I've spent two days at the Photo Expo in New York. When I first began attending the show, back in the 1980's, it was clearly aimed at the working professional - studio, landscape, documentary, whatever. The exhibitors were there to not only introduce their products to the photographers, but also to meet and interact with them, to build a relationship with them. Apple had a presence at the show, as did Adobe. These were the years at the birth of digital technology - manipulate images with a computer program? Display images on a computer screen? Ninety-nine percent of the photographs seen at the shows were prints made by a chemical process on a coated piece of paper.
The content of the show and the attendees have changed radically. No more Adobe or Apple, This year there was just one tripod manufacturer - Manfrotto. Very few studio lighting and/or equipment vendors. The entire show was directed towards the consumer market, and the biggest presenters were Nikon and Canon. This seemed a little out of joint to me because over the past year or so, those two manufacturers in particular have been left in the dust of the oncoming move towards smaller and lighter mirrorless cameras. The Sony and Fuji had people four or five deep at their counters, while within the Canikon sphere it was the same old same old.
I went the first day specifically to look into replacing my Drobo hard drive array with an updated version. My present one, over five years old now, was starting to make strange noises and occasionally acted a little quirky. I also wanted to upgrade because the new Drobo 5D enclosure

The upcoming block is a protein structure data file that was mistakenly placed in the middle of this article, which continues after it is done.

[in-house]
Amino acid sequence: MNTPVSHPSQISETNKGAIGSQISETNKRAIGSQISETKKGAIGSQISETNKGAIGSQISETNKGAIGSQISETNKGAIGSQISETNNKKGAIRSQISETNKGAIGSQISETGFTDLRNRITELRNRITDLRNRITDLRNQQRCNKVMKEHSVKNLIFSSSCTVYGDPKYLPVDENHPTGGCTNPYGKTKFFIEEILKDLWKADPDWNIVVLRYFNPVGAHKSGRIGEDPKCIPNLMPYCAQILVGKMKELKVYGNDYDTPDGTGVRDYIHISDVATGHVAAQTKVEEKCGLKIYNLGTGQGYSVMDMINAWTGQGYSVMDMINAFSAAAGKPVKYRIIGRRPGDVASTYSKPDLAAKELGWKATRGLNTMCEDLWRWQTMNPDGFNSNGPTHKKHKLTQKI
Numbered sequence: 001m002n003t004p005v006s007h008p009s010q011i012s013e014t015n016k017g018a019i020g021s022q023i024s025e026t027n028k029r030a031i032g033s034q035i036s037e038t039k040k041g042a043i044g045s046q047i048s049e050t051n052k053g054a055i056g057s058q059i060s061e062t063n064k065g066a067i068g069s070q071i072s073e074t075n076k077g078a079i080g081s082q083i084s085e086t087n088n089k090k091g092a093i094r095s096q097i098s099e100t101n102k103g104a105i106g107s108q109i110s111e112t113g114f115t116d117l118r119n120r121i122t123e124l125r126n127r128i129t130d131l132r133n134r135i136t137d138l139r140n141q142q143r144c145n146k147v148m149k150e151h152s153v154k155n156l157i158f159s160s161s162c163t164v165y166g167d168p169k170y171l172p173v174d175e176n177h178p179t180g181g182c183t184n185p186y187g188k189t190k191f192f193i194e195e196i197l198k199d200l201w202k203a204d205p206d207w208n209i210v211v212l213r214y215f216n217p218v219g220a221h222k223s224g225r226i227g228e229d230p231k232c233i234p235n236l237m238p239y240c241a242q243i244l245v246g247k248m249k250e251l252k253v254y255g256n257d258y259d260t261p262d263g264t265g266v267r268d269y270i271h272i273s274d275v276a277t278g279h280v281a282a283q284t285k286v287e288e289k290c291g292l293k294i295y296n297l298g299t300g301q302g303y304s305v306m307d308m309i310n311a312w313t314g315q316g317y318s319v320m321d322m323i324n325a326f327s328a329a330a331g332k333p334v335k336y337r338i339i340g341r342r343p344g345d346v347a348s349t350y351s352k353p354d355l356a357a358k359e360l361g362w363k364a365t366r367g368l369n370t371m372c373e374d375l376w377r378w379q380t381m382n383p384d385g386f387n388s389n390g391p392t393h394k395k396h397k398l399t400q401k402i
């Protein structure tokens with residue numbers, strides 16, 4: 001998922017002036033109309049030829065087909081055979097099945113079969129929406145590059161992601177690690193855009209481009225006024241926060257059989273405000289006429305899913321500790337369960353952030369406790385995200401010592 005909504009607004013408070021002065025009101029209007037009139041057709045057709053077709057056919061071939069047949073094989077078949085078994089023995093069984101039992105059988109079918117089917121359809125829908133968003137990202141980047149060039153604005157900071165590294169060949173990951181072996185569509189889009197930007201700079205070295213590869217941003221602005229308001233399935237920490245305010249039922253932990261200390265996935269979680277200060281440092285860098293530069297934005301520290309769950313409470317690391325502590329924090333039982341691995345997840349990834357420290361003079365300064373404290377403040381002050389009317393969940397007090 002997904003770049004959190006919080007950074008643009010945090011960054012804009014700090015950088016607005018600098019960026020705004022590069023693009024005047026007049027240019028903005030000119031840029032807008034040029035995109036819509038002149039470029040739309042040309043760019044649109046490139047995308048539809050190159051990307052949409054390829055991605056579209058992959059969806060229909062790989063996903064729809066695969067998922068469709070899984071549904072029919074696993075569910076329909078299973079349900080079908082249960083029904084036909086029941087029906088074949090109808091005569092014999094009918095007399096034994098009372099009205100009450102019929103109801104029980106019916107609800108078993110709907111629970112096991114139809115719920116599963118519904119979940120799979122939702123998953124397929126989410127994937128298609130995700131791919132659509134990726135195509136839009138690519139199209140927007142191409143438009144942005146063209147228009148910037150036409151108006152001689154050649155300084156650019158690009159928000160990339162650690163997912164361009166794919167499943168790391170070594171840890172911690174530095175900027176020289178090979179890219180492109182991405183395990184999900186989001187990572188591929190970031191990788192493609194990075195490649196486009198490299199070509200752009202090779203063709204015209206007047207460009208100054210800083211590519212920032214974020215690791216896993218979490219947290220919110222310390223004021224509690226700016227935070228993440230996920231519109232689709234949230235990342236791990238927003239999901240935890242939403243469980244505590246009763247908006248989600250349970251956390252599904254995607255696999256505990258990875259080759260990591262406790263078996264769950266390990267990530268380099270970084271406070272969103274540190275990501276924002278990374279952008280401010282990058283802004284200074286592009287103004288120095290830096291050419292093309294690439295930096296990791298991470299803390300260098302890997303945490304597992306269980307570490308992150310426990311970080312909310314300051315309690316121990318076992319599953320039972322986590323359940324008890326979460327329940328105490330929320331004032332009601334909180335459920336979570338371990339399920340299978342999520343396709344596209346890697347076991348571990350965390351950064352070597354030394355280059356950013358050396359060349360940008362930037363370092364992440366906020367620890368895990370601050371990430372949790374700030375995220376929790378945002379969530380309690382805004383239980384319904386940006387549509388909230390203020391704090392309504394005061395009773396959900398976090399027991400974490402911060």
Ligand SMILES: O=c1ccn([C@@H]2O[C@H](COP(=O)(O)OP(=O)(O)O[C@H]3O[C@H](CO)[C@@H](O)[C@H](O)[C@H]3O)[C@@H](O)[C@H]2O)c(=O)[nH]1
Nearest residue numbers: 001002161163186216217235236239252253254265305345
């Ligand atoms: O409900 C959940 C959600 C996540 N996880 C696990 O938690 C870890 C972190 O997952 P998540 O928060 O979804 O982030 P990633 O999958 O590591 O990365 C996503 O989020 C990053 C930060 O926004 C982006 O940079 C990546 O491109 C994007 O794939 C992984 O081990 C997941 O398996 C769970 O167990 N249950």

is USB 3/Thunderbolt compatible, which would result in much faster transfer rates between the drives and my computer. Lucky me, there was a show special of $100 off the suggested retail price, so I bought it, and spent the rest of the day poking around and looking at toys.
On the spur of the minute I decided to go in again today. Big mistake! I talked with a rep at a printing paper supplier who told me about a show special for the Canon Pro-1 printer - $500 off the usual selling price. The printer has twelve pigments, five of which are dedicated to b/w printing. I'd been thinking about that printer for two years now, and today I couldn't resist anymore. I'm very excited at the prospect of getting back into printing my images. Making a finely tuned and detailed printed image has for me always been one of the most gratifying experiences. Kind of like basking in the warm glow of having become one with a beautiful piece of music as I performed it.
Apropos of nothing I've stated above (except that I may print it) here's a shot I took this past Saturday in Manhattan.